After spending most of the summer up in Poland and Germany, like a migratory bird, for various reasons (not nesting though), I finally came back to Spain in September. After a sticky, humid summer, September brings pleasant temperatures while still allowing to indulge oneself on the beach and plunge easily to the sea. There are other reasons why I love this season in Andalucia so much: I can still do snorkelling and wave ‘hi’ to fish, while there is still a lot of birds up on the skies and in the remains of humid, salty marshes.
These birds are either on its way to Africa, or preparing for a wintering season here in Spain. The only sad note to self I made is that the swifts are long gone, after a very hot and unpredictable summer, and they no longer wake me up with their energetic hunt for the insects. And as a matter of fact, I then notice the painful presence of mosquitos. Even more important to prepare the nest box and save the swifts the next season!
Since I missed the summer get-togethers of the Andalucian Bird Society, I was very excited to see everyone again for the Autumn Migration meetup in La Janda and Barbate Marches. As I arrived almost late by bus to the village of Tahivilla, and quickly ordered a proper breakfast in Hotel/Restaurante Apolo IX, it was so nice to see familiar and new faces excited for the day ahead of us. We had about 11 cars altogether and decided to divide into two smaller groups to ensure optimal birdwatching conditions. I joined the group led by Frank O’Hair and we started off by the route ‘up to the stinky farm’ (aren’t all farms a bit smelly, by the way?).
We stopped several times by La Janda canals to notice the absolute birding wonders. As the mornings tend to be cloudy due to the Atlantic Ocean’s presence, we first spotted colourful red legs of a red partridge, followed by a bunch of stonechats, corn buntings, wood warblers, zitting cisticola, and redstarts. In the misty air, we noticed crested larks, hoping to see Calandra larks too. Instead, we saw a cheerful group of Spanish sparrows, residing in the bushes. As the sky became clearer, we spotted birds of prey: black-winged kites, common and lesser kestrels as well as griffon vultures, at their cruising altitude, not too bothered about anyone else, not even crashing into a flock of glossy ibis.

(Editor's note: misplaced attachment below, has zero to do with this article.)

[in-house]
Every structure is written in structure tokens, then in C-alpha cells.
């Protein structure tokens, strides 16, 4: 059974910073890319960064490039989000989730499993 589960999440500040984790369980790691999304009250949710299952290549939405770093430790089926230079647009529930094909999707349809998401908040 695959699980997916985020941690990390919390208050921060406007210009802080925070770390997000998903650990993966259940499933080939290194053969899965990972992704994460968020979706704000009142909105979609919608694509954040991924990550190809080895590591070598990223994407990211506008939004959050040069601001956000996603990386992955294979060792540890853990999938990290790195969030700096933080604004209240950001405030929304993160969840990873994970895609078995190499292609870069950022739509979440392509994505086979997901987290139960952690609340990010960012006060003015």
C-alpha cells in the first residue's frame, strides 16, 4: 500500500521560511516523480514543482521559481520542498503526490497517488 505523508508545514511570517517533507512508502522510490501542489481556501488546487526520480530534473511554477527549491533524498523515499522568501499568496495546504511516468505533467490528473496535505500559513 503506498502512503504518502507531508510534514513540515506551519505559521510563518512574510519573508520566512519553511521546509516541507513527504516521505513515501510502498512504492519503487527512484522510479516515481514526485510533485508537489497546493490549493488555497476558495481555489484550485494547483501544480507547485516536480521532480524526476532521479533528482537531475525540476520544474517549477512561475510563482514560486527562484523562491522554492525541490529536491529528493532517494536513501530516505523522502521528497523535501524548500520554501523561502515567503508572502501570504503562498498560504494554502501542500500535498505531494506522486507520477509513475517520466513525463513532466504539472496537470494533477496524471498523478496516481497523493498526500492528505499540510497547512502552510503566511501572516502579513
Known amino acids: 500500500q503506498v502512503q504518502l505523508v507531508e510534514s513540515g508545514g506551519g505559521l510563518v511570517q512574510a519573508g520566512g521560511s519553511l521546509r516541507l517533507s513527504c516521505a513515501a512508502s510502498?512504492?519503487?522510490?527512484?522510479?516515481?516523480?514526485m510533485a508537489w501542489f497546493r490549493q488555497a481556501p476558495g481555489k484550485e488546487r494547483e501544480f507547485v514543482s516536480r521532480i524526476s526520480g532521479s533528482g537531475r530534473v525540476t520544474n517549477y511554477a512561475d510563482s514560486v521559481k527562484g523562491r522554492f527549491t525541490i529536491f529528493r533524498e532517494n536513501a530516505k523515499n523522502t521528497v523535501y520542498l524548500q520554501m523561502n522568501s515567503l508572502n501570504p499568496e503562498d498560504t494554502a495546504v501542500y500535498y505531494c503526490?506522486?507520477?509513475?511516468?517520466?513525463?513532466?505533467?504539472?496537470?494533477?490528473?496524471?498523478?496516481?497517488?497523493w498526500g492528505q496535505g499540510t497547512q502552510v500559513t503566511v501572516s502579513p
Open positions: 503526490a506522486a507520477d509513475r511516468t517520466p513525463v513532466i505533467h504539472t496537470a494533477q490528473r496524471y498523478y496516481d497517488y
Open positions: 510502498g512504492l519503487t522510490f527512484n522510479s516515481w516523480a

A more dramatic scenario happened to a honey buzzard, notoriously mocked by the group of lesser kestrels. How come you can tell a lesser from a common kestrel? Lesser kestrels vary by the size, colours but also by its behaviour. They live and breed in larger groups than the common kestrels, and they seem to use a group strategy to scare off larger predators. On that day we also saw a number of Montagu’s and marsh harriers, often hard to tell especially when they’re juvenile. And on top of that, there was an impressive Spanish imperial eagle, relatively well to spot in La Janda.
Our next stop was next to the pump, which offered a great observing spot for cattle and little egrets. Dozens if not hundreds of them inhabited the neighbouring trees where we had an opportunity to observe their cohabitant behaviour and plenty of juvenile examples. Other wading and impressive species noted around this location included storks, cranes, and spoonbills gathering before crossing the Gibraltar Strait. We also noticed the ongoing presence of jackdaws, raven, collared dove and a wood pigeon, varying slightly in their mourning calls (by one syllable).
Before we paused for a packed lunch picnic next to the shaded area of the canal with two kingfishers and plenty of swallows, we saw a lovely greylag goose couple surrounded by the egrets taking off. At the lunch spot we did hear a penduline tit (Twitter notification sound!), gallinule (aka swamphen) and a hoopoe. After our lunch we briefly met with the other group, which reported fantastic sightings in the Barbate Marshes area and we exchanged some birding tips for La Janda.
They were soooo right: Barbate Marshes were such a treat to our eyes, starting off with a plethora of common ring and Kentish plovers by the shore and soon, spotting a pair of Eurasian curlews resting at one of the isles. Further up we had a lovely view over the greater and lesser flamingos, and an isle full of gulls, including Audouin gull, black-headed gull (with a white head around this season), slender-billed and a yellow legged gull, all of them in one place. I still envy anyone capable of telling a juvenile gull species from each other, definitely a note to self and a 2023 challenge to work on!
The sounds of black-winged stilts got us to look into a part where they cohabited with gracious pied avocets and lively sanderlings, little and Temmick’s stints, dunlins, turnstones, ruffs and common redshanks, sandpipers and snipes. At the end of our day we also counted a lesser and common tern and a common buzzard hovering above us.
The day ended up looking at the spoonbill showing off her beak from various perspectives, which itself is fascinating. We were also very perseverant looking for a little owl, allegedly residing in the local tamarind trees. Instead, we managed to see a female black redstart and a pied flycatcher before we called it a day. We said our goodbyes and left passing through a cattle herd coming back to their farm.
I dreamed of birds that night, and the day after my eye sharpened so much for them, or I was just nicely hallucinating. Staying in my beloved Conil de la Frontera I took the opportunity to run my usual 5K at the beach shore, alongside the juvenile, gregarious ringed plovers. They were faster, and I let them score. It was a great weekend, location and both human and natural company to recommend to anyone at this time of the year visiting Andalucia.